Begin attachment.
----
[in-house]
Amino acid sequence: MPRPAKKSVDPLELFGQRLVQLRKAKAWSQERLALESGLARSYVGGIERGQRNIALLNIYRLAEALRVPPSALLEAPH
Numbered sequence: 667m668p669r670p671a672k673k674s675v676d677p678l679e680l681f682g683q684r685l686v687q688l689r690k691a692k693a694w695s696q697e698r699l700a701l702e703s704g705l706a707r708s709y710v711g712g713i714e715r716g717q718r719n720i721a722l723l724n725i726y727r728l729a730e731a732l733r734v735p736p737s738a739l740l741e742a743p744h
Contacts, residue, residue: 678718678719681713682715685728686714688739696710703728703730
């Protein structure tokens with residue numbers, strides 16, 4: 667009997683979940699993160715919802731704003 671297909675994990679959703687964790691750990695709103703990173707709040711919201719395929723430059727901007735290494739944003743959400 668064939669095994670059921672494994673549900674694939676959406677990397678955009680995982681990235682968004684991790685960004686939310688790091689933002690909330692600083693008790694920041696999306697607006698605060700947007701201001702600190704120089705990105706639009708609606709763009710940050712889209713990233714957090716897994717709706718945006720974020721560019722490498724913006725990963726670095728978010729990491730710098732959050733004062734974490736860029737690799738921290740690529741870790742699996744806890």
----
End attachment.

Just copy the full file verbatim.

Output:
[in-house]
Amino acid sequence: MPRPAKKSVDPLELFGQRLVQLRKAKAWSQERLALESGLARSYVGGIERGQRNIALLNIYRLAEALRVPPSALLEAPH
Numbered sequence: 667m668p669r670p671a672k673k674s675v676d677p678l679e680l681f682g683q684r685l686v687q688l689r690k691a692k693a694w695s696q697e698r699l700a701l702e703s704g705l706a707r708s709y710v711g712g713i714e715r716g717q718r719n720i721a722l723l724n725i726y727r728l729a730e731a732l733r734v735p736p737s738a739l740l741e742a743p744h
Contacts, residue, residue: 678718678719681713682715685728686714688739696710703728703730
């Protein structure tokens with residue numbers, strides 16, 4: 667009997683979940699993160715919802731704003 671297909675994990679959703687964790691750990695709103703990173707709040711919201719395929723430059727901007735290494739944003743959400 668064939669095994670059921672494994673549900674694939676959406677990397678955009680995982681990235682968004684991790685960004686939310688790091689933002690909330692600083693008790694920041696999306697607006698605060700947007701201001702600190704120089705990105706639009708609606709763009710940050712889209713990233714957090716897994717709706718945006720974020721560019722490498724913006725990963726670095728978010729990491730710098732959050733004062734974490736860029737690799738921290740690529741870790742699996744806890």